Mr. Wu Hongbo Under-Secretary-General for Economic and Social Affairs, Secretary-General for the Third International Conference on Financing for Development

Opening Remarks
DCF Republic of Korea High-Level Symposium

Honorable Vice Minister Shin, Ambassador Sajdik, Ambassador Talbot,
Excellencies, Ladies and Gentlemen,

Welcome to the first high-level symposium of the 2015 Development Cooperation Forum. My deep appreciation goes to the Government of the Republic of Korea, for hosting us, and to all of you, for participating.

Our task is to generate concrete policy recommendations, along two lines: first, to support the negotiations leading up to the Third International Conference on Financing for Development and the Post-2015 Summit; and second, to assist practical preparations by countries and all stakeholders for development cooperation in a post-2015 setting.

Ladies and gentlemen,

Since the adoption of the Millennium Declaration, the Monterrey Consensus and the Johannesburg Plan of Implementation, the world has seen significant growth of all types of finance.

Yet, risks and vulnerabilities are more pronounced than ever. International development cooperation has played a vital role in addressing these challenges, even as it accounts for a smaller fraction of international financing for development.

The post-2015 era is poised to elevate the importance of development cooperation, as an integrating force for sustainable development, for engaging all stakeholders and for ensuring no one is left behind.   

Implementation of the emerging post-2015 development agenda will require international support of an unprecedented scale and scope.

Delivery on ODA commitments will remain the foundation for a renewed global partnership for sustainable development.  Official Development Assistance remains a critical and catalytic element for developing countries. It can be targeted more efficiently across the three dimensions of sustainable development, to address the needs of the poorest and most vulnerable.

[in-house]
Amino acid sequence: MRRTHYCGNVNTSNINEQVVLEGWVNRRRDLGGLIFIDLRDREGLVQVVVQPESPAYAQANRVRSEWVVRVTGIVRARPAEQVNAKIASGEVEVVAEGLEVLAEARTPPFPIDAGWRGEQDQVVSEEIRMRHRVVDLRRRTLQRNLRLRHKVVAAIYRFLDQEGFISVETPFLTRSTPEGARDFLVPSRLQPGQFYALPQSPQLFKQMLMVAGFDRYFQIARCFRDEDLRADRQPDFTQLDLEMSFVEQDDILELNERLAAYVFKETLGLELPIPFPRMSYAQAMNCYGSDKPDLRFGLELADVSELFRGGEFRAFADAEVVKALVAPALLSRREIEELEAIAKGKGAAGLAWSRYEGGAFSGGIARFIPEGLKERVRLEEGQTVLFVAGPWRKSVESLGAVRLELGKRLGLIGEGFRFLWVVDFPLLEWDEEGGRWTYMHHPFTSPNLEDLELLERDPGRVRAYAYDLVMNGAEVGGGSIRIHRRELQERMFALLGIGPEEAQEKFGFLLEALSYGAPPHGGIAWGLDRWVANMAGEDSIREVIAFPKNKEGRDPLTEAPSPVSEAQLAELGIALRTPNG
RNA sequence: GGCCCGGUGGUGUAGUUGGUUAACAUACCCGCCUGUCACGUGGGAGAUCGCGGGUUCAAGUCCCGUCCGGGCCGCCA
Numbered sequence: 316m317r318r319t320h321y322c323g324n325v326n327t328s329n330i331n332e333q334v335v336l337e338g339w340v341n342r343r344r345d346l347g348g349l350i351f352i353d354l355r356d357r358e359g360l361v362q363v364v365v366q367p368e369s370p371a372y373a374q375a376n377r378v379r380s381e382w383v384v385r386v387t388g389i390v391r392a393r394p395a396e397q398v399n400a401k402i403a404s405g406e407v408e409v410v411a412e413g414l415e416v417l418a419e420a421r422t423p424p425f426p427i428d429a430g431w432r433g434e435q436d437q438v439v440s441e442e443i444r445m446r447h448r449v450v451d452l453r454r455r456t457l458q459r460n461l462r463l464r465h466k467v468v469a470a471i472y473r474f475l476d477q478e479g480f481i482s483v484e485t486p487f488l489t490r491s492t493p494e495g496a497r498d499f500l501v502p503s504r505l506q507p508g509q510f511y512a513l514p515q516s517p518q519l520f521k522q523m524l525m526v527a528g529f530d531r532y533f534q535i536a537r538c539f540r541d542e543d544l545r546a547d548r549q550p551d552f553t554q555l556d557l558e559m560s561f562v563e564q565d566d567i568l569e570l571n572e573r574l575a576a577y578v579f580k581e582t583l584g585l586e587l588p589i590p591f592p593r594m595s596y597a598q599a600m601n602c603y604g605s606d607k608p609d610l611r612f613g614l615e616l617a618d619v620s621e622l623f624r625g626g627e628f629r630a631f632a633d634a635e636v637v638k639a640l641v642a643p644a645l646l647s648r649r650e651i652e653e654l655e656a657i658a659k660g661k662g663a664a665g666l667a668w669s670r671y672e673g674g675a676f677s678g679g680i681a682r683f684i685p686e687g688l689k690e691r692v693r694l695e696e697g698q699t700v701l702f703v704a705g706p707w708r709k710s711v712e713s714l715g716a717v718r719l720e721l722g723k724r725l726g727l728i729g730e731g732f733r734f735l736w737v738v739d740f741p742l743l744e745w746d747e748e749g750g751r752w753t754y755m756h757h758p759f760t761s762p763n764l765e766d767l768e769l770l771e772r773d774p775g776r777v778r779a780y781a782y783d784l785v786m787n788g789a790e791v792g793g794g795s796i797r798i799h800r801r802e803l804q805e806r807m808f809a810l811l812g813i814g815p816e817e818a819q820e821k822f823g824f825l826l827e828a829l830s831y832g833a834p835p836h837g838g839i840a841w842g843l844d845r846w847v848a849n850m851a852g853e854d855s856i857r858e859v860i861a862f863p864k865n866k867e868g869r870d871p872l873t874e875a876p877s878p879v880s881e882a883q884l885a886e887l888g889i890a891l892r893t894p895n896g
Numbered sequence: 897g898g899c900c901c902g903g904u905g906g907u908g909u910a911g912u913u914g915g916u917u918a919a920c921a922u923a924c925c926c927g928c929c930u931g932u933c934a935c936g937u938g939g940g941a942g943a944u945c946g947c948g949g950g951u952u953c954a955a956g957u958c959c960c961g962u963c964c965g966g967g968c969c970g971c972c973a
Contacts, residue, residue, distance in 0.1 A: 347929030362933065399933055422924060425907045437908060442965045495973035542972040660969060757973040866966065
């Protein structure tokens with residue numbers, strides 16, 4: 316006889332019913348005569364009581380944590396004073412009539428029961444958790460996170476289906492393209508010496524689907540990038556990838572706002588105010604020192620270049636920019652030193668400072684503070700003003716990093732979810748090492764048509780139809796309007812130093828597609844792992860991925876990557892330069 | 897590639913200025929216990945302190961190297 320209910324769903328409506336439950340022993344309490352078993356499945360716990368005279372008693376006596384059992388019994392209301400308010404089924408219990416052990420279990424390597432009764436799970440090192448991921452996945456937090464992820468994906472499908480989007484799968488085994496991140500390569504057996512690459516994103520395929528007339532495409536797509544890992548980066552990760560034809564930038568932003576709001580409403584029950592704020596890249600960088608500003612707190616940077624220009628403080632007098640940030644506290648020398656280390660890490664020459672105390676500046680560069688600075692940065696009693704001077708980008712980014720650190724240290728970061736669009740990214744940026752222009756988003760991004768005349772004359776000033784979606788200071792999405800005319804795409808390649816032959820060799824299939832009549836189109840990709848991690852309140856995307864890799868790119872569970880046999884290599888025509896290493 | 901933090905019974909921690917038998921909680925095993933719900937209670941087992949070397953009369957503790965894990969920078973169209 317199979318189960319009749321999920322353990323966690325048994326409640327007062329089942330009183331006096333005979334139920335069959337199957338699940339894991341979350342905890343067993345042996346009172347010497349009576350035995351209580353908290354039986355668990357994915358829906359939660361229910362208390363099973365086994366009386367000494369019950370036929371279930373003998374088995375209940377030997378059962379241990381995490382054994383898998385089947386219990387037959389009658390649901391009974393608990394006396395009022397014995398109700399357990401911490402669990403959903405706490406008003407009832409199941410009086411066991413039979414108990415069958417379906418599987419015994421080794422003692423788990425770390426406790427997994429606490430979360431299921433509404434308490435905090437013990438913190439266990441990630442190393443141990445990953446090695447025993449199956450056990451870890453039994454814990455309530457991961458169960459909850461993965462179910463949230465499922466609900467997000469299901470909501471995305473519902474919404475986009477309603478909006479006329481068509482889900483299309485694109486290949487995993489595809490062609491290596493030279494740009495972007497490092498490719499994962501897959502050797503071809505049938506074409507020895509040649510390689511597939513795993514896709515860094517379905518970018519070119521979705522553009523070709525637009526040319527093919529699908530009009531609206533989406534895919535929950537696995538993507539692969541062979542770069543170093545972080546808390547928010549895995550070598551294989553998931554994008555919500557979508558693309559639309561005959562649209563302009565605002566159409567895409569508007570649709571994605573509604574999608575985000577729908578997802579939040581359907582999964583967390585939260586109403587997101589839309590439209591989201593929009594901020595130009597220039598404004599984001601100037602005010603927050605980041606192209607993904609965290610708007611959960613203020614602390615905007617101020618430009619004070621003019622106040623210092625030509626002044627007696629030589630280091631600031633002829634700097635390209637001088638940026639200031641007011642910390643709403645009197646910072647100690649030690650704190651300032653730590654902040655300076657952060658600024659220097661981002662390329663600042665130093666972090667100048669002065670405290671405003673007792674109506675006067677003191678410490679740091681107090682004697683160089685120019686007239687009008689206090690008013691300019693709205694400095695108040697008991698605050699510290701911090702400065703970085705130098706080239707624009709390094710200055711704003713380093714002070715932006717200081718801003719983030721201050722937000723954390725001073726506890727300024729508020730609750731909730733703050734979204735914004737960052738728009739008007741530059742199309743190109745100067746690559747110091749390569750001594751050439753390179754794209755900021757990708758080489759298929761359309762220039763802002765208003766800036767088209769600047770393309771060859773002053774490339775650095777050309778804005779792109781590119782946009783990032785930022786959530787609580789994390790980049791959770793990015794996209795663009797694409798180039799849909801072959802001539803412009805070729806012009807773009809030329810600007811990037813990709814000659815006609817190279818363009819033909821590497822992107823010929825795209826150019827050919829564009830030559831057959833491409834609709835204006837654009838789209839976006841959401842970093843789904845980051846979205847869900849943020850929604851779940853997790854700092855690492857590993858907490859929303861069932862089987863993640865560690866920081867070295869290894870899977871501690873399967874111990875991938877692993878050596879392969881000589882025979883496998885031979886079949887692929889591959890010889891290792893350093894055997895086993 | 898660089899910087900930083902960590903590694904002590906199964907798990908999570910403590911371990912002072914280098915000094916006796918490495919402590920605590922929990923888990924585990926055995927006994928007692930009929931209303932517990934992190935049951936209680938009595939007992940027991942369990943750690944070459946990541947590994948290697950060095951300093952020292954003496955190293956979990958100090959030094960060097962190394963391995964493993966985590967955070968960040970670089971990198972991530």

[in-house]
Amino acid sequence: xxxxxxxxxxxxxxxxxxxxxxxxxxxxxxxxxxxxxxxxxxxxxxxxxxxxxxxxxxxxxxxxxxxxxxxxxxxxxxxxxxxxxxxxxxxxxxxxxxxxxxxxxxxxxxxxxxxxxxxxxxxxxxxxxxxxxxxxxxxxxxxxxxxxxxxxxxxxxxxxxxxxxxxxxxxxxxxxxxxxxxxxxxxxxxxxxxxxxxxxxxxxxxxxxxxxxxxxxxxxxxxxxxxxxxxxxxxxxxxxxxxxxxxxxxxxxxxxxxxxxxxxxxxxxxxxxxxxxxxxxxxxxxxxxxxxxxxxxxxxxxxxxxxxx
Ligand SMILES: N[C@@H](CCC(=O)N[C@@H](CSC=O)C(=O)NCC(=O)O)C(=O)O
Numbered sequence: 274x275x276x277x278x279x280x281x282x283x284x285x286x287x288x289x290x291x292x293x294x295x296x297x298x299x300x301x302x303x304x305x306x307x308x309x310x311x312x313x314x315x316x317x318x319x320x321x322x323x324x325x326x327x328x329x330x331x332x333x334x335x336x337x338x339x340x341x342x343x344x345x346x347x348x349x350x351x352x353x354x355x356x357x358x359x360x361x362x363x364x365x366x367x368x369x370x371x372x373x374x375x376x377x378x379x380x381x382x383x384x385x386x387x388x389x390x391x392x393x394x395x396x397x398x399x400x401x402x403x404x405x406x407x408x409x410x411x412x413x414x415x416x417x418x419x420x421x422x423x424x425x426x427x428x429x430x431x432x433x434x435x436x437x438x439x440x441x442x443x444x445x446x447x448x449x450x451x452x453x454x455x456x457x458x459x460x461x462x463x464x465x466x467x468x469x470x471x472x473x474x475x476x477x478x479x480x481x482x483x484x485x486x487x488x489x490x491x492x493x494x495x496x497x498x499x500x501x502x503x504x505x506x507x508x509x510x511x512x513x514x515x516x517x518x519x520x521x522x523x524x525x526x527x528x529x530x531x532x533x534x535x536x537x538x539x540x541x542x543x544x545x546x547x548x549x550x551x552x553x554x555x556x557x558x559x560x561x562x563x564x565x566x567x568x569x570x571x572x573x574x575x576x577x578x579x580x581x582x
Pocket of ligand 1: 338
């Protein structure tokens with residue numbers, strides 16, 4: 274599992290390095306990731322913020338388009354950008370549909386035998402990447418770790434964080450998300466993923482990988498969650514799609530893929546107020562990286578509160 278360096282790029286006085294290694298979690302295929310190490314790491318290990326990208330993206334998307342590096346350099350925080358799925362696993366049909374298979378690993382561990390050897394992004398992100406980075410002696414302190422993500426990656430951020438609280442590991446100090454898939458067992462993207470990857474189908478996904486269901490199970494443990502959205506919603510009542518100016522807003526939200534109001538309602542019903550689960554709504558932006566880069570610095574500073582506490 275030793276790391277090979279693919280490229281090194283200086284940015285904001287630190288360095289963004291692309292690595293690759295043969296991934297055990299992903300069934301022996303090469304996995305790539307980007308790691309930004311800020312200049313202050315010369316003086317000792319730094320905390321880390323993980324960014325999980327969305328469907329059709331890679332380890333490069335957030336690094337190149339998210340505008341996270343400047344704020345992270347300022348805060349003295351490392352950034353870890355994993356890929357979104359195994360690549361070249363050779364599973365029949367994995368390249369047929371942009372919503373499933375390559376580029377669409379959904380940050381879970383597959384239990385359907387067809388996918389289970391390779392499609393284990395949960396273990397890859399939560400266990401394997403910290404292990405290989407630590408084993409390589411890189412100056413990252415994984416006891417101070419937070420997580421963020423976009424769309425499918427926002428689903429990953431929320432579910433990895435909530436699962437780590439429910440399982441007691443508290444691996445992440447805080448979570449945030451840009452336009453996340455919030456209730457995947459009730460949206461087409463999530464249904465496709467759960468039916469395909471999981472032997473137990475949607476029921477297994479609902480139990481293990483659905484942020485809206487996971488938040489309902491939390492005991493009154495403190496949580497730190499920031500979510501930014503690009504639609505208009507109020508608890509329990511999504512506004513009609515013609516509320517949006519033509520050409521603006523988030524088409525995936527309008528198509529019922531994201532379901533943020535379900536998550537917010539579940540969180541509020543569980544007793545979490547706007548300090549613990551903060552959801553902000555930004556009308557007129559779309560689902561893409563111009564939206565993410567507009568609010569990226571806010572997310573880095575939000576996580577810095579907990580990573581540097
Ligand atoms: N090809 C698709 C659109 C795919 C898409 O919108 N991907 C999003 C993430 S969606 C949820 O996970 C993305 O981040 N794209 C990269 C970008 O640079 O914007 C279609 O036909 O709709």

Yet, we must understand and advocate for development cooperation in all its forms, from financial transfer to technology facilitation to capacity support and policy change. We must recognize its diverse modalities and embrace the broad array of actors involved.

At the same time, we must not lose sight of its core characteristics. Development cooperation must remain focused on developing countries.  Development cooperation should also focus on internationally agreed goals to be achieved by the new global development agenda.

As proposed in one of the papers before this Symposium, development cooperation will continue to have three major tasks:    

  • First, to support and complement efforts of developing countries to guarantee that universal and basic standards are provided for their citizens;
  • Second, to provide policy recommendations on improving developing countries’ standards of living; and
  • Third, to support efforts of developing countries to participate actively in collective action to address global development challenges.

All this cannot be achieved by development cooperation alone. The range of international support required is much broader.

Building on the strengths of the MDGs, new ways must be found to mobilize and allocate resources.  We should also unlock and make efficient use of unprecedented amounts of domestic and international, public and private, financial and non-financial resources and other Means of Implementation.

And systemic issues have to be addressed, including enabling environment for development at all levels. This has to be guided by the principle of common but differentiated responsibilities.

A renewed global partnership for sustainable development is needed, with greater capability to address common challenges.

Distinguished colleagues,

Let us take these two days to tightly focus on what it takes for development cooperation to truly serve people and the planet.

This is our opportunity to make a real contribution to moving forward the preparations for Third International Conference on Financing for Development, the Post-2015 Summit and beyond, to the day-to-day practice of development cooperation in a new, transformative era.

I wish us fruitful deliberations.

Thank you.